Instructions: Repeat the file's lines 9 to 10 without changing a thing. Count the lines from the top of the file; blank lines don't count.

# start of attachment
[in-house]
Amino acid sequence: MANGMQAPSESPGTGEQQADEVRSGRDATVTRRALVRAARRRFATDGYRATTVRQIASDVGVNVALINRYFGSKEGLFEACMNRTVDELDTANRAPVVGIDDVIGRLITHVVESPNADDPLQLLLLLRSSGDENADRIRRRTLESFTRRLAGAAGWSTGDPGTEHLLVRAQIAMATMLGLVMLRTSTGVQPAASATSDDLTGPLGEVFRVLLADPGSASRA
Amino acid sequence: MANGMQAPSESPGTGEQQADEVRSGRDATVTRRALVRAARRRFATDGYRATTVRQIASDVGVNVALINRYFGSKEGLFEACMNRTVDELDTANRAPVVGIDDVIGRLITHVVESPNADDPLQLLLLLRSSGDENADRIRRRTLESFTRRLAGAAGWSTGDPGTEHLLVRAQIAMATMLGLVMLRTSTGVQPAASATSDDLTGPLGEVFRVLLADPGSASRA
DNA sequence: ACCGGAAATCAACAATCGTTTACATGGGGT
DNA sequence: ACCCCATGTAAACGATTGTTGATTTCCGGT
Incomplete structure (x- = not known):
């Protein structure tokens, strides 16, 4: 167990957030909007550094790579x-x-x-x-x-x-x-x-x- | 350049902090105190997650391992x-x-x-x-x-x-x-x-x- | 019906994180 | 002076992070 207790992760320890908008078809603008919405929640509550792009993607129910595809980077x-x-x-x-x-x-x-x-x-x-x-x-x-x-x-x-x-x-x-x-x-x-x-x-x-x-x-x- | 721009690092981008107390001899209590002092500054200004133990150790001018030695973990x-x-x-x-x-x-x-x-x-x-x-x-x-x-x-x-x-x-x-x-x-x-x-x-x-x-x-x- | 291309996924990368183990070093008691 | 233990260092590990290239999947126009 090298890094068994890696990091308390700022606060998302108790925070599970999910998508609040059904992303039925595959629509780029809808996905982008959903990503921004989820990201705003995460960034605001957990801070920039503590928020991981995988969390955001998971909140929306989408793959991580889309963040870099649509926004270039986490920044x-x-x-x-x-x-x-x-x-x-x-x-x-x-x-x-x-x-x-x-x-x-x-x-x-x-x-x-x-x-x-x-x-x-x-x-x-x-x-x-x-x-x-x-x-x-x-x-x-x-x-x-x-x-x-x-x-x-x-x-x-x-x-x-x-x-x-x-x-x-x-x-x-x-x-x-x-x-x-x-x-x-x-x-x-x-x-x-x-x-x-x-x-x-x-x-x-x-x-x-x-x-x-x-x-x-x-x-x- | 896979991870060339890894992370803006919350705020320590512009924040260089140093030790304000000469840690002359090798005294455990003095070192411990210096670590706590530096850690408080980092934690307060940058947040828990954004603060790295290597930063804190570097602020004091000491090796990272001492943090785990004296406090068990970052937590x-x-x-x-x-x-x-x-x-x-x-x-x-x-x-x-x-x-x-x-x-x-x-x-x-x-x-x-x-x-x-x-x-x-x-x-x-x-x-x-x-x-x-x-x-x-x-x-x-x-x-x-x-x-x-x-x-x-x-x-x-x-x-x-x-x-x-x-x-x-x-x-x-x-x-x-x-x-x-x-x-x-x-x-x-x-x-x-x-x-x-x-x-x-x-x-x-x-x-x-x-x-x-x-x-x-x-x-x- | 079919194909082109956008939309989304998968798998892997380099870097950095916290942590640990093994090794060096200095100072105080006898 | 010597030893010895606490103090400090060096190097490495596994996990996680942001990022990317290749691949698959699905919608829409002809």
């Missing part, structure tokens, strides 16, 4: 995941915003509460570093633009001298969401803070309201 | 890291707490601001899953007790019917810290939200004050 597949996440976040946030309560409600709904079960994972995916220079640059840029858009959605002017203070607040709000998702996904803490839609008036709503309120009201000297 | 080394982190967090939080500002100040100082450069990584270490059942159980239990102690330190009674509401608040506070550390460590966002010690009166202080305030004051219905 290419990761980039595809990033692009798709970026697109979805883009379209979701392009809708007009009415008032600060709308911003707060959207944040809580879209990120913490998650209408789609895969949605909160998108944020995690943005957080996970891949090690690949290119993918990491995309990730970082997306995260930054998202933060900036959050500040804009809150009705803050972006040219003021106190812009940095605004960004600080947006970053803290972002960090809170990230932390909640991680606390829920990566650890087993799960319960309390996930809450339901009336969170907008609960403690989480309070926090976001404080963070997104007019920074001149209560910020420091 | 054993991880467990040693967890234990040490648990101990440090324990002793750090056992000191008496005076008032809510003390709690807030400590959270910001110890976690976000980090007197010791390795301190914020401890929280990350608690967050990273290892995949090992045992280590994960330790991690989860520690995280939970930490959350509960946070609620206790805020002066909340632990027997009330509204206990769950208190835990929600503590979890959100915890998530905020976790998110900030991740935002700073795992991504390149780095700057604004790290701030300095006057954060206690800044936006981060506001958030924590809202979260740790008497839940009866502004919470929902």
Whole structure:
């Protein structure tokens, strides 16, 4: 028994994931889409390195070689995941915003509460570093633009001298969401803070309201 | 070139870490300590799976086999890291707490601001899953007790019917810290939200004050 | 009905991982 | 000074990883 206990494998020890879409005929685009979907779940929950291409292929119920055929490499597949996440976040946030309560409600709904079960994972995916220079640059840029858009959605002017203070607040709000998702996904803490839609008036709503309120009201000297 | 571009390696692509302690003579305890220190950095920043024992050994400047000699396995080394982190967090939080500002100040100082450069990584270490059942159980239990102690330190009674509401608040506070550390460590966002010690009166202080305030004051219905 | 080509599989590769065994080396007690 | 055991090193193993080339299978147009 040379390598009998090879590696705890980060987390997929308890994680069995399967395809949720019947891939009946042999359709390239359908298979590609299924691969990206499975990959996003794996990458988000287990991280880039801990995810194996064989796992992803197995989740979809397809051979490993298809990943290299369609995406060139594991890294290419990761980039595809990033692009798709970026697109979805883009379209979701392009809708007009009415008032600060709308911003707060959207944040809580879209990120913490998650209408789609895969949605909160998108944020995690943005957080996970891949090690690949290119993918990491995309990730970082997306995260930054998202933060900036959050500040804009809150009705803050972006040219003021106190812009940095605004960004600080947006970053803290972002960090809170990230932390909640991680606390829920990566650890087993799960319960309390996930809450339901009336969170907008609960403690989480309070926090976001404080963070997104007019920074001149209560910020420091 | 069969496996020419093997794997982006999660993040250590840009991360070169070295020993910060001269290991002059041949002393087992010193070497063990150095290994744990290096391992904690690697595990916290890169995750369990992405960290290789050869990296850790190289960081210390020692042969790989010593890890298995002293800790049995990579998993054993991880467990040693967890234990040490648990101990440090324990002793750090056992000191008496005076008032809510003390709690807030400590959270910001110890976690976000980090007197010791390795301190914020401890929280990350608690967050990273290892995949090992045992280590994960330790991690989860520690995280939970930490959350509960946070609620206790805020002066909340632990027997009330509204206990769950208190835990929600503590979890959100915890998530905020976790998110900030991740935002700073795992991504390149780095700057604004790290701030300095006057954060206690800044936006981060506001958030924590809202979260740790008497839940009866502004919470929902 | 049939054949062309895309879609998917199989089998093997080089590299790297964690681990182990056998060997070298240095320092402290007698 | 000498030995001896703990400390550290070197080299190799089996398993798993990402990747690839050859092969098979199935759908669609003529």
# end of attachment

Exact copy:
Whole structure:
């Protein structure tokens, strides 16, 4: 028994994931889409390195070689995941915003509460570093633009001298969401803070309201 | 070139870490300590799976086999890291707490601001899953007790019917810290939200004050 | 009905991982 | 000074990883 206990494998020890879409005929685009979907779940929950291409292929119920055929490499597949996440976040946030309560409600709904079960994972995916220079640059840029858009959605002017203070607040709000998702996904803490839609008036709503309120009201000297 | 571009390696692509302690003579305890220190950095920043024992050994400047000699396995080394982190967090939080500002100040100082450069990584270490059942159980239990102690330190009674509401608040506070550390460590966002010690009166202080305030004051219905 | 080509599989590769065994080396007690 | 055991090193193993080339299978147009 040379390598009998090879590696705890980060987390997929308890994680069995399967395809949720019947891939009946042999359709390239359908298979590609299924691969990206499975990959996003794996990458988000287990991280880039801990995810194996064989796992992803197995989740979809397809051979490993298809990943290299369609995406060139594991890294290419990761980039595809990033692009798709970026697109979805883009379209979701392009809708007009009415008032600060709308911003707060959207944040809580879209990120913490998650209408789609895969949605909160998108944020995690943005957080996970891949090690690949290119993918990491995309990730970082997306995260930054998202933060900036959050500040804009809150009705803050972006040219003021106190812009940095605004960004600080947006970053803290972002960090809170990230932390909640991680606390829920990566650890087993799960319960309390996930809450339901009336969170907008609960403690989480309070926090976001404080963070997104007019920074001149209560910020420091 | 069969496996020419093997794997982006999660993040250590840009991360070169070295020993910060001269290991002059041949002393087992010193070497063990150095290994744990290096391992904690690697595990916290890169995750369990992405960290290789050869990296850790190289960081210390020692042969790989010593890890298995002293800790049995990579998993054993991880467990040693967890234990040490648990101990440090324990002793750090056992000191008496005076008032809510003390709690807030400590959270910001110890976690976000980090007197010791390795301190914020401890929280990350608690967050990273290892995949090992045992280590994960330790991690989860520690995280939970930490959350509960946070609620206790805020002066909340632990027997009330509204206990769950208190835990929600503590979890959100915890998530905020976790998110900030991740935002700073795992991504390149780095700057604004790290701030300095006057954060206690800044936006981060506001958030924590809202979260740790008497839940009866502004919470929902 | 049939054949062309895309879609998917199989089998093997080089590299790297964690681990182990056998060997070298240095320092402290007698 | 000498030995001896703990400390550290070197080299190799089996398993798993990402990747690839050859092969098979199935759908669609003529």